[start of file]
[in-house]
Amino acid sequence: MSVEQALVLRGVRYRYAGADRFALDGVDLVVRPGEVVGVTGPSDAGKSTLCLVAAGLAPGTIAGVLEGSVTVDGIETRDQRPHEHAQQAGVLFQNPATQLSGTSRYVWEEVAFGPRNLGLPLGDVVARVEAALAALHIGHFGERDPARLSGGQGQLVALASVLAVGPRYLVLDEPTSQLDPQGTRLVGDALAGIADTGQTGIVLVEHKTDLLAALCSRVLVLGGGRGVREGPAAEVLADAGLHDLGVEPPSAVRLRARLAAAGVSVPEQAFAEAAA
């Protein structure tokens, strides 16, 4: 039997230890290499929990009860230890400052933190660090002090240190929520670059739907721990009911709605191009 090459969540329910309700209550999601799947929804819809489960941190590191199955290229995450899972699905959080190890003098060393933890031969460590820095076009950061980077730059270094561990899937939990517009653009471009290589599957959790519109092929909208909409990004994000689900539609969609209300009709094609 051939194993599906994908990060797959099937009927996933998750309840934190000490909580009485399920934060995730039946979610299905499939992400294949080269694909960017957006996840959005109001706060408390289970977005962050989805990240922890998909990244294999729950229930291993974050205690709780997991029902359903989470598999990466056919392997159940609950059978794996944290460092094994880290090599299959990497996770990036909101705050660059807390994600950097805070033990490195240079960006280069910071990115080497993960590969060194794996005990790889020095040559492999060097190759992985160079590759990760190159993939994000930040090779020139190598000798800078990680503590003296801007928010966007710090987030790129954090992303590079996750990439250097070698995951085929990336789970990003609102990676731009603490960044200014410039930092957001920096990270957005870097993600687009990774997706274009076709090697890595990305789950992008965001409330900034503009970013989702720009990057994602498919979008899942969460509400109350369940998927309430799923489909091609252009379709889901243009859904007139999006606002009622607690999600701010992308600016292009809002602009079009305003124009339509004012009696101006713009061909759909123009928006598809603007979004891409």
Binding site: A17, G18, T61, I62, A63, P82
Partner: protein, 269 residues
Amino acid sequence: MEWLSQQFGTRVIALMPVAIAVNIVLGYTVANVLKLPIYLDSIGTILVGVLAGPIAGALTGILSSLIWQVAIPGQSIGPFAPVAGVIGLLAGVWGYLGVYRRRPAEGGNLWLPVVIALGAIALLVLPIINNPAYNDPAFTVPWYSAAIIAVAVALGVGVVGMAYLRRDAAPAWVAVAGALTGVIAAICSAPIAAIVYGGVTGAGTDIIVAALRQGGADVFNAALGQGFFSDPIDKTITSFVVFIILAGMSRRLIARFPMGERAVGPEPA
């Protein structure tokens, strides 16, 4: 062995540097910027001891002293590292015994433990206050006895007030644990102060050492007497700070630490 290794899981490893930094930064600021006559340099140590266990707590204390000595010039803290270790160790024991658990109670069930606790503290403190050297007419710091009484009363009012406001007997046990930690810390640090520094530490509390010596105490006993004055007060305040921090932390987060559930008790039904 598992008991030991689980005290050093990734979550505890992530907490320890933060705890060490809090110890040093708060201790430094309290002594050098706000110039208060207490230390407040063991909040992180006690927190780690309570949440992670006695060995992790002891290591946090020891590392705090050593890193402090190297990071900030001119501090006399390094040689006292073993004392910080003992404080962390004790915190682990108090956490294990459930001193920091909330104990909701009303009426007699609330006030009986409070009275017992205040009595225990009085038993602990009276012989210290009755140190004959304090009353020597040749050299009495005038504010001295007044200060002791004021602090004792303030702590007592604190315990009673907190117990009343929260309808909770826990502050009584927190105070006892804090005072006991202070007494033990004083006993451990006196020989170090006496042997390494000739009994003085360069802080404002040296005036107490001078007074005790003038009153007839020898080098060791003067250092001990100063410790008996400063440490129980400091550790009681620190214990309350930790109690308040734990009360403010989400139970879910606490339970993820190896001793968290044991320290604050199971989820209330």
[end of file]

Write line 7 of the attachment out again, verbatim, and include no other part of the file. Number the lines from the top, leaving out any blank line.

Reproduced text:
């Protein structure tokens, strides 16, 4: 062995540097910027001891002293590292015994433990206050006895007030644990102060050492007497700070630490 290794899981490893930094930064600021006559340099140590266990707590204390000595010039803290270790160790024991658990109670069930606790503290403190050297007419710091009484009363009012406001007997046990930690810390640090520094530490509390010596105490006993004055007060305040921090932390987060559930008790039904 598992008991030991689980005290050093990734979550505890992530907490320890933060705890060490809090110890040093708060201790430094309290002594050098706000110039208060207490230390407040063991909040992180006690927190780690309570949440992670006695060995992790002891290591946090020891590392705090050593890193402090190297990071900030001119501090006399390094040689006292073993004392910080003992404080962390004790915190682990108090956490294990459930001193920091909330104990909701009303009426007699609330006030009986409070009275017992205040009595225990009085038993602990009276012989210290009755140190004959304090009353020597040749050299009495005038504010001295007044200060002791004021602090004792303030702590007592604190315990009673907190117990009343929260309808909770826990502050009584927190105070006892804090005072006991202070007494033990004083006993451990006196020989170090006496042997390494000739009994003085360069802080404002040296005036107490001078007074005790003038009153007839020898080098060791003067250092001990100063410790008996400063440490129980400091550790009681620190214990309350930790109690308040734990009360403010989400139970879910606490339970993820190896001793968290044991320290604050199971989820209330």